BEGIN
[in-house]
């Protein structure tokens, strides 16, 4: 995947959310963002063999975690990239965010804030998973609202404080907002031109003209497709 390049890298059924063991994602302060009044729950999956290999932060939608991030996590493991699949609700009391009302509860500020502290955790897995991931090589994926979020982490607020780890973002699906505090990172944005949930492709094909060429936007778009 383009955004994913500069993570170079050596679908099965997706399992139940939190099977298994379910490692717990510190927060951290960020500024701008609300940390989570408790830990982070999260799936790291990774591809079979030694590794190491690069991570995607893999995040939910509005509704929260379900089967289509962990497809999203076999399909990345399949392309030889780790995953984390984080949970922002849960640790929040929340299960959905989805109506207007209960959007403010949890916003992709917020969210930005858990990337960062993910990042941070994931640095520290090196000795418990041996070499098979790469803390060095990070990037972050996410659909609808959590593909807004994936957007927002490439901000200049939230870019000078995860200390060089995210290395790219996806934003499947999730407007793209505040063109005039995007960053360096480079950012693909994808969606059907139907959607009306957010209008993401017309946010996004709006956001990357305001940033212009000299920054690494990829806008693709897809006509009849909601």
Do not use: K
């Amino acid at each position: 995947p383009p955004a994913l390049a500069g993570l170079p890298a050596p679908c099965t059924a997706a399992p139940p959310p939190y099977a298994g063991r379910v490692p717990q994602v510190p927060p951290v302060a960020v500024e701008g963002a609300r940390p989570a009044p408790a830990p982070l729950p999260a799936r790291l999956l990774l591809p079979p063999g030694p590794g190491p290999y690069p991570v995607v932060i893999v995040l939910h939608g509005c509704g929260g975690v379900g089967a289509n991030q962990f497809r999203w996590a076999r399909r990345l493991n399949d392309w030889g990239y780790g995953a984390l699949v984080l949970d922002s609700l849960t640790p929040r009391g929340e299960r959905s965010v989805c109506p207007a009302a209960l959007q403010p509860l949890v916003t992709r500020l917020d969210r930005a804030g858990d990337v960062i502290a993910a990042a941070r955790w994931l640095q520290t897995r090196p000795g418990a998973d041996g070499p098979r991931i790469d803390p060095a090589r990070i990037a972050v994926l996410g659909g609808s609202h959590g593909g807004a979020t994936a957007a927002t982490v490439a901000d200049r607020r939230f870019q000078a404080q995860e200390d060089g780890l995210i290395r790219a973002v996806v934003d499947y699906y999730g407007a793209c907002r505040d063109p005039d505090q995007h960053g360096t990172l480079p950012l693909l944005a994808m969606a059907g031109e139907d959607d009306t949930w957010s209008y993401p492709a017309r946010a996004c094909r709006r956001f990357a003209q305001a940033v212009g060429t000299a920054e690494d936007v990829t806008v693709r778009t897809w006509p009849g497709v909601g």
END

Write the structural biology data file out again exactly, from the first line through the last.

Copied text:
[in-house]
């Protein structure tokens, strides 16, 4: 995947959310963002063999975690990239965010804030998973609202404080907002031109003209497709 390049890298059924063991994602302060009044729950999956290999932060939608991030996590493991699949609700009391009302509860500020502290955790897995991931090589994926979020982490607020780890973002699906505090990172944005949930492709094909060429936007778009 383009955004994913500069993570170079050596679908099965997706399992139940939190099977298994379910490692717990510190927060951290960020500024701008609300940390989570408790830990982070999260799936790291990774591809079979030694590794190491690069991570995607893999995040939910509005509704929260379900089967289509962990497809999203076999399909990345399949392309030889780790995953984390984080949970922002849960640790929040929340299960959905989805109506207007209960959007403010949890916003992709917020969210930005858990990337960062993910990042941070994931640095520290090196000795418990041996070499098979790469803390060095990070990037972050996410659909609808959590593909807004994936957007927002490439901000200049939230870019000078995860200390060089995210290395790219996806934003499947999730407007793209505040063109005039995007960053360096480079950012693909994808969606059907139907959607009306957010209008993401017309946010996004709006956001990357305001940033212009000299920054690494990829806008693709897809006509009849909601």
Do not use: K
């Amino acid at each position: 995947p383009p955004a994913l390049a500069g993570l170079p890298a050596p679908c099965t059924a997706a399992p139940p959310p939190y099977a298994g063991r379910v490692p717990q994602v510190p927060p951290v302060a960020v500024e701008g963002a609300r940390p989570a009044p408790a830990p982070l729950p999260a799936r790291l999956l990774l591809p079979p063999g030694p590794g190491p290999y690069p991570v995607v932060i893999v995040l939910h939608g509005c509704g929260g975690v379900g089967a289509n991030q962990f497809r999203w996590a076999r399909r990345l493991n399949d392309w030889g990239y780790g995953a984390l699949v984080l949970d922002s609700l849960t640790p929040r009391g929340e299960r959905s965010v989805c109506p207007a009302a209960l959007q403010p509860l949890v916003t992709r500020l917020d969210r930005a804030g858990d990337v960062i502290a993910a990042a941070r955790w994931l640095q520290t897995r090196p000795g418990a998973d041996g070499p098979r991931i790469d803390p060095a090589r990070i990037a972050v994926l996410g659909g609808s609202h959590g593909g807004a979020t994936a957007a927002t982490v490439a901000d200049r607020r939230f870019q000078a404080q995860e200390d060089g780890l995210i290395r790219a973002v996806v934003d499947y699906y999730g407007a793209c907002r505040d063109p005039d505090q995007h960053g360096t990172l480079p950012l693909l944005a994808m969606a059907g031109e139907d959607d009306t949930w957010s209008y993401p492709a017309r946010a996004c094909r709006r956001f990357a003209q305001a940033v212009g060429t000299a920054e690494d936007v990829t806008v693709r778009t897809w006509p009849g497709v909601g």